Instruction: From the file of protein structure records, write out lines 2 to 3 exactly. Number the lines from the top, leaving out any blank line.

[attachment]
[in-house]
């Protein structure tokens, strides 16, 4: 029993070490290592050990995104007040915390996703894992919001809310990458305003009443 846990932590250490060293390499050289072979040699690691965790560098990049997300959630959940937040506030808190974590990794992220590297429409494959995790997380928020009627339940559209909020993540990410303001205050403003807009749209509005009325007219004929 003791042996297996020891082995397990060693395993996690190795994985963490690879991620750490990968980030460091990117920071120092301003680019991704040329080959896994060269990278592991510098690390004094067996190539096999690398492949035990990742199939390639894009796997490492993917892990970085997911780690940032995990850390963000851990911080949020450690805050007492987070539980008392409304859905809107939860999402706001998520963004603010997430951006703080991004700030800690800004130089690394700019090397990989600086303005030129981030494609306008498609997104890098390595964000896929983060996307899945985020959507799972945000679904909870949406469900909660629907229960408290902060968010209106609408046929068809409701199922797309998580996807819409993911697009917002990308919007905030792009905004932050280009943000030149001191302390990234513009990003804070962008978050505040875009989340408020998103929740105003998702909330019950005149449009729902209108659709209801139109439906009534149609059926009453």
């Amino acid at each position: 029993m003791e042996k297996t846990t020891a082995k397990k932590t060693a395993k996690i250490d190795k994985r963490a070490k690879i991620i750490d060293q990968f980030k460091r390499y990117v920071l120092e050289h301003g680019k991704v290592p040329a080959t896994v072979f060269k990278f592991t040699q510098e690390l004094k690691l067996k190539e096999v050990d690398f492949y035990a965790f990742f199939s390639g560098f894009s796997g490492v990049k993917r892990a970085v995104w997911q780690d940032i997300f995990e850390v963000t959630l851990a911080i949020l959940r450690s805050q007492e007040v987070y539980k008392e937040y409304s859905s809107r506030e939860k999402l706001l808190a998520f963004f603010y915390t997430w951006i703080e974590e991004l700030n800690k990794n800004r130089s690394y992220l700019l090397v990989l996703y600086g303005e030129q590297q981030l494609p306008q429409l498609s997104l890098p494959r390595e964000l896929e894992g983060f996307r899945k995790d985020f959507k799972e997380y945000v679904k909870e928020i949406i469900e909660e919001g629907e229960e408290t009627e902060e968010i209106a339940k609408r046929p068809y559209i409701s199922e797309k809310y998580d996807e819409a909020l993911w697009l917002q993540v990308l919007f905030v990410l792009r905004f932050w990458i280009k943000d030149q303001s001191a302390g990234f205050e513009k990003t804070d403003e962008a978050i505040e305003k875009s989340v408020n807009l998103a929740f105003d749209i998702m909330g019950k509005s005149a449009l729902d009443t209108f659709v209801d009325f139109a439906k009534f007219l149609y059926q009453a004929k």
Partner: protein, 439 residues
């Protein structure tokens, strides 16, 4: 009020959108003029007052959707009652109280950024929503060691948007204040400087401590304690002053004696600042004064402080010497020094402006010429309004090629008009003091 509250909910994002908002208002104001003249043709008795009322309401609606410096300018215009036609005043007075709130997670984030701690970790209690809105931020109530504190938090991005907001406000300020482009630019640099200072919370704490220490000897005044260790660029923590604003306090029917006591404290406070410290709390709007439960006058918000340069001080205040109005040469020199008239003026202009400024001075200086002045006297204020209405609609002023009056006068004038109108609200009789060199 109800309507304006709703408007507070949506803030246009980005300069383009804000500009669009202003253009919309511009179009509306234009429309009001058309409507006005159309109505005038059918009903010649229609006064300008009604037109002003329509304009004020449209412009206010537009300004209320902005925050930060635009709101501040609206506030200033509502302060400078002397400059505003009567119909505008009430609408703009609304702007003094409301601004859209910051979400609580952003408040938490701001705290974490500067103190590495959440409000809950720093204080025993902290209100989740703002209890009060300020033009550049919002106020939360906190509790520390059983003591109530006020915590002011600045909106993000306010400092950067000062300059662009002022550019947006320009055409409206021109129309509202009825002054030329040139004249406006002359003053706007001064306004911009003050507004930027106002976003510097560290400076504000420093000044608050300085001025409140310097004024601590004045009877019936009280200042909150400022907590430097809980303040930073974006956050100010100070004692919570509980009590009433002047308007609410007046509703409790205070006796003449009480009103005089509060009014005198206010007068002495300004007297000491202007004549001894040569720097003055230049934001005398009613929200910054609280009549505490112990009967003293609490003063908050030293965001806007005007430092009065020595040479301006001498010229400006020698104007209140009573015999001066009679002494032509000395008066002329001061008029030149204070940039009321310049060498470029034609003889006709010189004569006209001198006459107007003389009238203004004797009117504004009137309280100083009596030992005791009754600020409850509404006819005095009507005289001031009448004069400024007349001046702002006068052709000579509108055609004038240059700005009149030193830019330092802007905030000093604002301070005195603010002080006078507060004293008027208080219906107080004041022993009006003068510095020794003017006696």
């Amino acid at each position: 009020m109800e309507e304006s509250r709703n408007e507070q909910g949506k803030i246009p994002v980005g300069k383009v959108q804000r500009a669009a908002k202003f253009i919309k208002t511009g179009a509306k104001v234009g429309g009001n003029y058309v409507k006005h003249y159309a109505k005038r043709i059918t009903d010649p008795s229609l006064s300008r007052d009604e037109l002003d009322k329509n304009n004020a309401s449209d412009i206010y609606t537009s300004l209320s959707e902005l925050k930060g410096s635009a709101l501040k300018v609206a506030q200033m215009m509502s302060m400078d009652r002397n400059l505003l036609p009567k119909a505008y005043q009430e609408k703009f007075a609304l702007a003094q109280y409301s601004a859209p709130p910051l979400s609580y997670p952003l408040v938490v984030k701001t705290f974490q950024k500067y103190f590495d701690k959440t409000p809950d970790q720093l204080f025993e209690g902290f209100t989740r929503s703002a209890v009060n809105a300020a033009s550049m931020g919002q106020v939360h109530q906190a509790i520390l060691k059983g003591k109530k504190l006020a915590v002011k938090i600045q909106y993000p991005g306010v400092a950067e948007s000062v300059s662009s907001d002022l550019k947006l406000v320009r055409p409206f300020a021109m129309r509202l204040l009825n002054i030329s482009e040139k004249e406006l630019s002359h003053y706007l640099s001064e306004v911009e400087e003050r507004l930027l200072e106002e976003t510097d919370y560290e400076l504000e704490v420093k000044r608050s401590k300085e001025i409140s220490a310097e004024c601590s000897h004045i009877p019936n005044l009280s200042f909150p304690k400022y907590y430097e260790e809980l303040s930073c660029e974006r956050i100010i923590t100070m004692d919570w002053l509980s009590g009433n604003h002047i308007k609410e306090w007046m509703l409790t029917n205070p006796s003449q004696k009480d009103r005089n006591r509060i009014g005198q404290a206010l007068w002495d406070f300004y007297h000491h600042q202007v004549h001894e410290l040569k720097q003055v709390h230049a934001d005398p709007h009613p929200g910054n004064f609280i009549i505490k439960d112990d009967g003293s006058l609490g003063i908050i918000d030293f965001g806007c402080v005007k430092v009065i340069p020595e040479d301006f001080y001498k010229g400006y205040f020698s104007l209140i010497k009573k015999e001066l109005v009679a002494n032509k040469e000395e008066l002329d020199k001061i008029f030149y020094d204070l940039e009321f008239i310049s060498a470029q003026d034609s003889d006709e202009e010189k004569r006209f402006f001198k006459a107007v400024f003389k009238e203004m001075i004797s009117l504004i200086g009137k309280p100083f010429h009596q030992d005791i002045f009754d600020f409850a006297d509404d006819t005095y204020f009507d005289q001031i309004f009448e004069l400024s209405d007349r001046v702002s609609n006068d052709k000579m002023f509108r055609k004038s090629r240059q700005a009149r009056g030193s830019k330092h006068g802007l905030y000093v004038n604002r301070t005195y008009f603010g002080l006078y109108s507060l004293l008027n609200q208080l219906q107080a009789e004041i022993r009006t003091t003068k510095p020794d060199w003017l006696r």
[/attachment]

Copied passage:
């Protein structure tokens, strides 16, 4: 029993070490290592050990995104007040915390996703894992919001809310990458305003009443 846990932590250490060293390499050289072979040699690691965790560098990049997300959630959940937040506030808190974590990794992220590297429409494959995790997380928020009627339940559209909020993540990410303001205050403003807009749209509005009325007219004929 003791042996297996020891082995397990060693395993996690190795994985963490690879991620750490990968980030460091990117920071120092301003680019991704040329080959896994060269990278592991510098690390004094067996190539096999690398492949035990990742199939390639894009796997490492993917892990970085997911780690940032995990850390963000851990911080949020450690805050007492987070539980008392409304859905809107939860999402706001998520963004603010997430951006703080991004700030800690800004130089690394700019090397990989600086303005030129981030494609306008498609997104890098390595964000896929983060996307899945985020959507799972945000679904909870949406469900909660629907229960408290902060968010209106609408046929068809409701199922797309998580996807819409993911697009917002990308919007905030792009905004932050280009943000030149001191302390990234513009990003804070962008978050505040875009989340408020998103929740105003998702909330019950005149449009729902209108659709209801139109439906009534149609059926009453």
């Amino acid at each position: 029993m003791e042996k297996t846990t020891a082995k397990k932590t060693a395993k996690i250490d190795k994985r963490a070490k690879i991620i750490d060293q990968f980030k460091r390499y990117v920071l120092e050289h301003g680019k991704v290592p040329a080959t896994v072979f060269k990278f592991t040699q510098e690390l004094k690691l067996k190539e096999v050990d690398f492949y035990a965790f990742f199939s390639g560098f894009s796997g490492v990049k993917r892990a970085v995104w997911q780690d940032i997300f995990e850390v963000t959630l851990a911080i949020l959940r450690s805050q007492e007040v987070y539980k008392e937040y409304s859905s809107r506030e939860k999402l706001l808190a998520f963004f603010y915390t997430w951006i703080e974590e991004l700030n800690k990794n800004r130089s690394y992220l700019l090397v990989l996703y600086g303005e030129q590297q981030l494609p306008q429409l498609s997104l890098p494959r390595e964000l896929e894992g983060f996307r899945k995790d985020f959507k799972e997380y945000v679904k909870e928020i949406i469900e909660e919001g629907e229960e408290t009627e902060e968010i209106a339940k609408r046929p068809y559209i409701s199922e797309k809310y998580d996807e819409a909020l993911w697009l917002q993540v990308l919007f905030v990410l792009r905004f932050w990458i280009k943000d030149q303001s001191a302390g990234f205050e513009k990003t804070d403003e962008a978050i505040e305003k875009s989340v408020n807009l998103a929740f105003d749209i998702m909330g019950k509005s005149a449009l729902d009443t209108f659709v209801d009325f139109a439906k009534f007219l149609y059926q009453a004929k």